Even though I lived in Anchorage, Alaska and he lived in Vacaville, California, we started the process of writing a short script and realized we had the potential to make something larger. So instead of writing for the short film, we decided to rewrite a trilogy he had written back in 2002. It was a lot harder than initially anticipated. But it was fun. I was moving towards what I wanted to do with my life.
The final thing that pushed me beyond the point of no return was the movie The Astronaut Farmer. IMDb describes the movie:
A NASA astronaut (Billy Bob Thornton), forced to retire years earlier so he could save his family farm, has never give up his dream of space travel and looks to build his own rocket, despite the government’s threats to stop him.
Mark and Michael Polish wrote this movie back when they were making their other films, Twin Falls Idaho and Northfork. The brothers were told time and time again they couldn’t make indie films the way they wanted to. Yet they did. They not only made two films but they made a third called Jackpot. The Astronaut Farmer is basically about their experiences within the film industry, and the countless times they were told they couldn’t make it.
At one point in the film Charles Farmer (Thornton) is before a governmental review board and they ask him why he is building this rocket. His response: ‘You see, when I was a kid, they used to tell me that I could be anything I wanted to be. No matter what. And maybe I am insane, I don’t know, but I still believe that.’
That was the clincher. I did have things I wanted to accomplish in my life. I did have dreams I wanted to see fulfilled and the couch wasn’t the place they were going to come true. I wouldn’t find myself sitting around anymore. And I wasn’t going to listen to people tell me that I couldn’t do what I wanted to do.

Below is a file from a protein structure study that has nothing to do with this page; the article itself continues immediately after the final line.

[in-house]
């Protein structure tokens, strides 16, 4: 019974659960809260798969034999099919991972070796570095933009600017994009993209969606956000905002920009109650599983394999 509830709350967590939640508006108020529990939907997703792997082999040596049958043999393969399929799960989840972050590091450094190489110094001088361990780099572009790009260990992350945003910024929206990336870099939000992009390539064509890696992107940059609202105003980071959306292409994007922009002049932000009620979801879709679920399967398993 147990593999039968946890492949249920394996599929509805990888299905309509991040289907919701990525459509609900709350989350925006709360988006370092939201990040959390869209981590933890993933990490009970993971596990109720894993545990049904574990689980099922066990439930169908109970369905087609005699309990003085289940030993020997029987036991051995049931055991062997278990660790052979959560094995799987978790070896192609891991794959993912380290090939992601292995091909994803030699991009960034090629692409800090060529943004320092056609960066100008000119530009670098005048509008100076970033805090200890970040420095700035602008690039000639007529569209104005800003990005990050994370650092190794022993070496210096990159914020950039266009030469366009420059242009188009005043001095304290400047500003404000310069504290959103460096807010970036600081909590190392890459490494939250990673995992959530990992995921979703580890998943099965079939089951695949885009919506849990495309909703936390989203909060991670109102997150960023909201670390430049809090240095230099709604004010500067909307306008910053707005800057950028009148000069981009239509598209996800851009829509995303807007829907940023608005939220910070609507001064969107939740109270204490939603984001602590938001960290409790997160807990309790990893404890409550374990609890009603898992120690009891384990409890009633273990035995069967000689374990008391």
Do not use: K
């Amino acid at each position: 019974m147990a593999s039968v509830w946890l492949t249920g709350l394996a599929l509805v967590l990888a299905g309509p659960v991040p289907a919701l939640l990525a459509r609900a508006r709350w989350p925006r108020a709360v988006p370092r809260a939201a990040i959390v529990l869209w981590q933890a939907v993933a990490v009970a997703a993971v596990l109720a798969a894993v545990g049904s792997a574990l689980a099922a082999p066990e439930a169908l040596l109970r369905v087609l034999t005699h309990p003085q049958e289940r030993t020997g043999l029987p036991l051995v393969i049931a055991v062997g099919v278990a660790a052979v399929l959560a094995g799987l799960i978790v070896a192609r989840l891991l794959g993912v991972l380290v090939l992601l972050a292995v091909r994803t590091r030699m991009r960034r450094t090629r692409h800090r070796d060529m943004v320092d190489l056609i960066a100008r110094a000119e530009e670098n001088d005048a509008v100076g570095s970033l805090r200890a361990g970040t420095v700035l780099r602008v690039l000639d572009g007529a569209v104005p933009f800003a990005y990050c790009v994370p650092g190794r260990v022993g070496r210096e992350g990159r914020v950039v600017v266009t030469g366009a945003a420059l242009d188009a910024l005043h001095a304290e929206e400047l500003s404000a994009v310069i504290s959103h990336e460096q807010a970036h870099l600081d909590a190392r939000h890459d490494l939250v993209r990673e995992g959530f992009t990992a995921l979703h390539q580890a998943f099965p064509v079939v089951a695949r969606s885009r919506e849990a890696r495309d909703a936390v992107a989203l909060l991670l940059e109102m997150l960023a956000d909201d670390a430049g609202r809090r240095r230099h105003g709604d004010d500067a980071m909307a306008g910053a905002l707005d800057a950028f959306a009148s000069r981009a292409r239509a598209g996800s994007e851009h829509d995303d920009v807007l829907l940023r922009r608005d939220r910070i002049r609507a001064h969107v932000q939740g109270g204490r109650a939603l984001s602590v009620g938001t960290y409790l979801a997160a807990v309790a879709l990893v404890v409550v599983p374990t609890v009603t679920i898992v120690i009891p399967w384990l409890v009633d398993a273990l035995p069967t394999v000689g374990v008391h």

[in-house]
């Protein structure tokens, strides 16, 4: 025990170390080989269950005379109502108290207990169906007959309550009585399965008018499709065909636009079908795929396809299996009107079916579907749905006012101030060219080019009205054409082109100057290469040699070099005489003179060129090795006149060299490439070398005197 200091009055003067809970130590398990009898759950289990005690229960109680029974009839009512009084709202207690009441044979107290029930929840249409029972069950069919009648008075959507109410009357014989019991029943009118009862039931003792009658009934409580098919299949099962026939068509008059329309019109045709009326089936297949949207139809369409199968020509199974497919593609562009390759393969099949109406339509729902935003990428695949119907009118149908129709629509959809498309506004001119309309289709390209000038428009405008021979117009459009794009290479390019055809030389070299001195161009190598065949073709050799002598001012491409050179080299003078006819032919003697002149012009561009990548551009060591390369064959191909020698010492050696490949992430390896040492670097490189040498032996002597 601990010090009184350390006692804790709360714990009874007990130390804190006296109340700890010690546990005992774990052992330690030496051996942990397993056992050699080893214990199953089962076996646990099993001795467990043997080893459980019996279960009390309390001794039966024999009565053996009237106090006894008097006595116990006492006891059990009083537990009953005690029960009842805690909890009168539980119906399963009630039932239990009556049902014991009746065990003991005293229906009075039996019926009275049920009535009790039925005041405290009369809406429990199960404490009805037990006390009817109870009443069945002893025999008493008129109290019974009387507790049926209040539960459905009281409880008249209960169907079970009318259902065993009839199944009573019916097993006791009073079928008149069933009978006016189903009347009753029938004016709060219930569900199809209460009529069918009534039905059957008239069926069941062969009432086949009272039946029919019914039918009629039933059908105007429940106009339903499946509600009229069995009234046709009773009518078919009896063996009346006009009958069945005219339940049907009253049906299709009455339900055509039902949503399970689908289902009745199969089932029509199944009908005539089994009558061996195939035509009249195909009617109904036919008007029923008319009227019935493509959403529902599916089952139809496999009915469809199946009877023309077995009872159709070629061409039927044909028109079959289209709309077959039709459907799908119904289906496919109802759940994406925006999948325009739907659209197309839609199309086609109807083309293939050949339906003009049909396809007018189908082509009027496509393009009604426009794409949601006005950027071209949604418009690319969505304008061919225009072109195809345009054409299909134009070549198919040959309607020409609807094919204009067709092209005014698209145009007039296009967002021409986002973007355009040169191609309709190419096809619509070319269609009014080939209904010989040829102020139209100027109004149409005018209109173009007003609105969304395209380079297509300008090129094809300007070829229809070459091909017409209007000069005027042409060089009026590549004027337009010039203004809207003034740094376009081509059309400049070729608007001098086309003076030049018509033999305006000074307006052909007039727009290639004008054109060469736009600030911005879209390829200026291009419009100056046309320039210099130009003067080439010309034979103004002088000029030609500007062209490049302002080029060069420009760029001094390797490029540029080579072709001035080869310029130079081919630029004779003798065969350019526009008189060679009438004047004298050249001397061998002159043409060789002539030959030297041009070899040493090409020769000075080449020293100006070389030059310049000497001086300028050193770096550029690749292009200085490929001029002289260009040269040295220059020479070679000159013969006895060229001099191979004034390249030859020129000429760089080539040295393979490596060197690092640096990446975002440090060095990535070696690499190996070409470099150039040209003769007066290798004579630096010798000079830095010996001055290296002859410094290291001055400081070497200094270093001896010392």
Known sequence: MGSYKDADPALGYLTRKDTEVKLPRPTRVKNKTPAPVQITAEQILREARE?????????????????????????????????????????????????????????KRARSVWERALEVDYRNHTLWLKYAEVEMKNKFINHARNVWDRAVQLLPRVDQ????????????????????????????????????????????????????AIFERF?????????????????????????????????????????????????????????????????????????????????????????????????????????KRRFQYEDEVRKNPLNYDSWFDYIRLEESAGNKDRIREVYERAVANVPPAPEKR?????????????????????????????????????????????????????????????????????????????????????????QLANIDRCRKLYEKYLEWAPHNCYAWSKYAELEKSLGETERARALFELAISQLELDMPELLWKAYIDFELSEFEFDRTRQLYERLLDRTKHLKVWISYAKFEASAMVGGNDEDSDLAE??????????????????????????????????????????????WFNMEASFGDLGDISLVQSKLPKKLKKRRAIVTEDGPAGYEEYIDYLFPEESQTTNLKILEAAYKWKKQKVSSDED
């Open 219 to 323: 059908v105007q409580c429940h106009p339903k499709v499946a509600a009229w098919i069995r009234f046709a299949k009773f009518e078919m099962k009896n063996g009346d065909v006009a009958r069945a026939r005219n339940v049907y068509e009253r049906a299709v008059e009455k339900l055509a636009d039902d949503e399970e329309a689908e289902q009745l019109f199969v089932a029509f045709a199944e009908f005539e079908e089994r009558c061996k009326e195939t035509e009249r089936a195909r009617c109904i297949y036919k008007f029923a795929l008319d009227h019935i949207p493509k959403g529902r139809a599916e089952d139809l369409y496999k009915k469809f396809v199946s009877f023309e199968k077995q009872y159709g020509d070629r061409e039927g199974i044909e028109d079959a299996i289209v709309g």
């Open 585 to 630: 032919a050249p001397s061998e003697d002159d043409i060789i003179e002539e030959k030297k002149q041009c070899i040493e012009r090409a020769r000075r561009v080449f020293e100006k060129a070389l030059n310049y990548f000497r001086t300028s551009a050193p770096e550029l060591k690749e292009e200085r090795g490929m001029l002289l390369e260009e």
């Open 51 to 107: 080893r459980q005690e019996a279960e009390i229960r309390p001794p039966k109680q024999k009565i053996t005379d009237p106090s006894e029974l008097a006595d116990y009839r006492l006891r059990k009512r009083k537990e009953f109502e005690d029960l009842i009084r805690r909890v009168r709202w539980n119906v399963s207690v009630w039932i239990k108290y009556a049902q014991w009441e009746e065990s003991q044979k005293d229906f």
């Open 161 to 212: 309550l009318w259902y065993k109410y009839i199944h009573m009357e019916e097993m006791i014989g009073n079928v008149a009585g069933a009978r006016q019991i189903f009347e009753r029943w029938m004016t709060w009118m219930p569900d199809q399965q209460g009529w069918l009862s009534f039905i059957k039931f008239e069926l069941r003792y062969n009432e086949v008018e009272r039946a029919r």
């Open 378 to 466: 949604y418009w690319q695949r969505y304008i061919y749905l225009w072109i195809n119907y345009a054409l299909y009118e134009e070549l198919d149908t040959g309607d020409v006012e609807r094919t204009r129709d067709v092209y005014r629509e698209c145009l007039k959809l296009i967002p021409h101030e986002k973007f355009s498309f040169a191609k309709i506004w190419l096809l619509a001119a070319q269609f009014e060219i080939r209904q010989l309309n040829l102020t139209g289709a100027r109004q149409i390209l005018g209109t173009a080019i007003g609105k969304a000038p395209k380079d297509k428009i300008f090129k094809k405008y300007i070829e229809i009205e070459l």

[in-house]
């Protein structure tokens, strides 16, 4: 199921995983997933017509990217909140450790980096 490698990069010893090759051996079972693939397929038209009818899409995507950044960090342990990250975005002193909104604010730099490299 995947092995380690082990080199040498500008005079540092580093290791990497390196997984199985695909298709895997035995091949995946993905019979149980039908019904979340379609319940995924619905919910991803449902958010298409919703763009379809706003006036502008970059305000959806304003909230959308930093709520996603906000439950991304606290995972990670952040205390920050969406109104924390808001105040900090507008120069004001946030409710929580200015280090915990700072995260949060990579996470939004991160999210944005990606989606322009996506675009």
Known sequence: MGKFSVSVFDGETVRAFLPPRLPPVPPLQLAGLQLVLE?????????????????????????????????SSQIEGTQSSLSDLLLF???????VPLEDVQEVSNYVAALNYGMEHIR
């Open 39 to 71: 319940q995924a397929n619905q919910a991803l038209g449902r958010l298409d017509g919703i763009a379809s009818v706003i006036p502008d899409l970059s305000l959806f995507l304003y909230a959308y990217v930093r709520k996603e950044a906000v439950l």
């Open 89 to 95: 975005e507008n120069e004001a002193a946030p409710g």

It took four months to complete the rewrite for the first script. It was the most fun I’ve ever had writing. And now we have this full-length feature film script ready. Since then we’ve mailed out more than a hundred query letters to literary agencies for representation and have had good feedback. But we aren’t done. This is only the first script of five we are now working on. And recently I had the opportunity to work as a production assistant on a Hollywood film set here in Alaska. It may not be a big deal to many people, and others may think it’s a small step, but that’s just it. It’s a step towards a final objective.
I’m not looking to become famous and rich. I’m not looking for tons of money or a big house and nice car. I merely want to do the things I enjoy and have dreamt of since I was a kid. When I die I want people to say, ‘Geoff was a man who went after the things in life he wanted. He went confidently in the direction of his dreams.’ And those dreams aren’t going to be accomplished sitting on my couch watching TV or listening to those who say it can’t be done.
Because, just like Charles Farmer, ‘When I was a kid, they used to tell me that I could be anything I wanted to be. No matter what. And maybe I am insane, I don’t know, but I still believe that.’
Photo: Geoff Matero